Alphonse Legros (May 8, 1837 - December 8, 1911), painter and etcher, was born in Dijon. his father was an accountant, and came from the neighbouring village of Veronnes.
Young Legros frequently visited the farms of his relatives, and the peasants and landscapes of that part of France are the subjects of many of his pictures and etchings. He was sent to the art school at Dijon with a view to qualifying for a trade, and was apprenticed to Maître Nicolardo, house decorator and painter of images. In 1851 Legros left for Paris to take another situation; but passing through Lyon he worked for six months as journeyman wall-painter under the decorator Beuchot, who was painting the chapel of Cardinal Bonald in the cathedral.
In Paris he studied with Cambon, scene-painter and decorator of theatres, an experience which developed a breadth of touct such as Stallfield and Cox picked up in similar circumstances, At this time he attended the drawing-school of Lecoq de Boisbaudran. In 1855 Legros attended the evening classes of the École des Beaux Arts, and perhaps gained there his love of drawing from the antique, some of the results of which may be seen in the Print Room of the British Museum.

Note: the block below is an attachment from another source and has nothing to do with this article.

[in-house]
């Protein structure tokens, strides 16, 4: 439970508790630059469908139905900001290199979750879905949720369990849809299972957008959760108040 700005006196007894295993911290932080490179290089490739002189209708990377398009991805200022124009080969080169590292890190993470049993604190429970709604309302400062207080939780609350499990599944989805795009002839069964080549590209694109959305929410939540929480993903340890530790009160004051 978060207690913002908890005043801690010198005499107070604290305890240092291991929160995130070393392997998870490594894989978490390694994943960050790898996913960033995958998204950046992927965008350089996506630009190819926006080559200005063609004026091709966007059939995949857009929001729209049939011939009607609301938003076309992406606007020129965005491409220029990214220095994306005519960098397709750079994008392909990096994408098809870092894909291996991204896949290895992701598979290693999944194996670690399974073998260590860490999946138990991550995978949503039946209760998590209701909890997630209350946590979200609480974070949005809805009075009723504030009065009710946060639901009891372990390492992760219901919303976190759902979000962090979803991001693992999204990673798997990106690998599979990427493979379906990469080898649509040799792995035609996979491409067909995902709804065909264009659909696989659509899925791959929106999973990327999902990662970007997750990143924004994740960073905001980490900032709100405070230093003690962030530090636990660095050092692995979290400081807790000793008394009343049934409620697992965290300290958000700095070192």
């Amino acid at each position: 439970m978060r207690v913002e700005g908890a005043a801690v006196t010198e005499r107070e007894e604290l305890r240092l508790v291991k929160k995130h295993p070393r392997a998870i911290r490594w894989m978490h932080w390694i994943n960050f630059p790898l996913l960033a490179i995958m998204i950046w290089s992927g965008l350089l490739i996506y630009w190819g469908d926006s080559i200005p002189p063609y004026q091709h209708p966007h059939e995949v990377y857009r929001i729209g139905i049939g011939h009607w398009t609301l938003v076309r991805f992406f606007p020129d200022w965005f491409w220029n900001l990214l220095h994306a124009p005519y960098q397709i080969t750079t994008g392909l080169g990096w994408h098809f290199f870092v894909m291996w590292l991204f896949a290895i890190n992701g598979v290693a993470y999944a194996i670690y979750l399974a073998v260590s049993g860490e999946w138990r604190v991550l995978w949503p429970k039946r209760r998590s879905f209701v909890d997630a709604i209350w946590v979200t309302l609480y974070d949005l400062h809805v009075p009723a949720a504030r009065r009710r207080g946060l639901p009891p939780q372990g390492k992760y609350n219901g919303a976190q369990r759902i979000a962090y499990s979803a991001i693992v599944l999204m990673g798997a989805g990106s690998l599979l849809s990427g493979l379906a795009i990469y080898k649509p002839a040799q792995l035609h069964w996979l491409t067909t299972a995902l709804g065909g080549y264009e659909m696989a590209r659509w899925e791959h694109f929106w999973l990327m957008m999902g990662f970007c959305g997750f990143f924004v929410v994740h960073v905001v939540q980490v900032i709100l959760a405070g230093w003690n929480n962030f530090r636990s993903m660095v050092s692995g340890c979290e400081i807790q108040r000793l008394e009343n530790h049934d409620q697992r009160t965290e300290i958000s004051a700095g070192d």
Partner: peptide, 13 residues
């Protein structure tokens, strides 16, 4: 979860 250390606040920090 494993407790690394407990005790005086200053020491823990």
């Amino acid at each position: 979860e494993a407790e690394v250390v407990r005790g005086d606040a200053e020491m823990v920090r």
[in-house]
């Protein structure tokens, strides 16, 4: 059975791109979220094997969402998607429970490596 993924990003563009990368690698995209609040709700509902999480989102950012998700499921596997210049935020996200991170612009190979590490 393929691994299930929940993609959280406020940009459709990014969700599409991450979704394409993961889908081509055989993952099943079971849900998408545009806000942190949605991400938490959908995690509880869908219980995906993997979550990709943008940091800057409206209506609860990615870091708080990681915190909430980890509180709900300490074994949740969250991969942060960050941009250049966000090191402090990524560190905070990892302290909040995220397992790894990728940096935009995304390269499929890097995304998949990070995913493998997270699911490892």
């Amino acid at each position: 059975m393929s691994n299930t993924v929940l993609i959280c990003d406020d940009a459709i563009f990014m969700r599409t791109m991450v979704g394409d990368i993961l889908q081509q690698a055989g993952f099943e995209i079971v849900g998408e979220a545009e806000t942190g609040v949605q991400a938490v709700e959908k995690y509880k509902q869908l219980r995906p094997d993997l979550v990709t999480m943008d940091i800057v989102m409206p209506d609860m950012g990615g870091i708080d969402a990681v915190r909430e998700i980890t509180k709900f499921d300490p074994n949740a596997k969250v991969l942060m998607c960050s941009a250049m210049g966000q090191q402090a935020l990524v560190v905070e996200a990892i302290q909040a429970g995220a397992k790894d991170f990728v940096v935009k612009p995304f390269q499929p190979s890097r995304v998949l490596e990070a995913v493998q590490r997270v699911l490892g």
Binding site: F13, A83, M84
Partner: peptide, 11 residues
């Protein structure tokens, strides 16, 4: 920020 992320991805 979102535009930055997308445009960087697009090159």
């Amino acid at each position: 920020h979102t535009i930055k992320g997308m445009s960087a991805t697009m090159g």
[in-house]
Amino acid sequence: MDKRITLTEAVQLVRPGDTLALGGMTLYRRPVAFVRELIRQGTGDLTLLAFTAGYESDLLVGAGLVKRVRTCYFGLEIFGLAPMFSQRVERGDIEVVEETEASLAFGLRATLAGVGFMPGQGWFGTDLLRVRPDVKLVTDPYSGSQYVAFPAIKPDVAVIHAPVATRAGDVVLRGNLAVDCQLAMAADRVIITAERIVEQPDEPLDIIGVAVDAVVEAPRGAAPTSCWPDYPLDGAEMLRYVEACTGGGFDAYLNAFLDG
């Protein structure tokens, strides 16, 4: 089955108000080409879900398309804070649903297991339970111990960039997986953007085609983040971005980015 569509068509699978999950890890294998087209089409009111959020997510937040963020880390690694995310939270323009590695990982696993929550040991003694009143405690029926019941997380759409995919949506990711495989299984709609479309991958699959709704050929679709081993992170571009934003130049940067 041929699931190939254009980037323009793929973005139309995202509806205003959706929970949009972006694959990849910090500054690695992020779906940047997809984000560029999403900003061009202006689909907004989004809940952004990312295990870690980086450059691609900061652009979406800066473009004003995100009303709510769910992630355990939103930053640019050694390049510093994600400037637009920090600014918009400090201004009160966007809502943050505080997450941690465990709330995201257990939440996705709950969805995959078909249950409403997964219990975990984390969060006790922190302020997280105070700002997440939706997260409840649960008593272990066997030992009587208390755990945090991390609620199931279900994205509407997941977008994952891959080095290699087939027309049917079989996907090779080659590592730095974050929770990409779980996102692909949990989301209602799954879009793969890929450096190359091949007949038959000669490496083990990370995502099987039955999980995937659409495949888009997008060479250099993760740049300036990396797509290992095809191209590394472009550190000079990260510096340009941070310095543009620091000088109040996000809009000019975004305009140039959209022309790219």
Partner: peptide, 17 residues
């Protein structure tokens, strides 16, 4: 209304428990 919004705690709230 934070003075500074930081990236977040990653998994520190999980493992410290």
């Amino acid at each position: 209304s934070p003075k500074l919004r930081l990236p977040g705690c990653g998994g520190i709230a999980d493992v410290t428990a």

He sent two portraits to the Paris Salon of 1857: one was rejected, and formed part of the exhibition of protest organized by Bonvin in his studio; the other, which was accepted, was a profile portrait of his father. This work was presented to the museum at Tours by the artist when his friend Cazin was curator. Champfleury saw the work in the Salon, and sought out the artist to enlist him in the small army of so-called "Realists," comprising (round the noisy glory of Courbet) all those who raised protest against the academical trifles of the degenerate Romantics.
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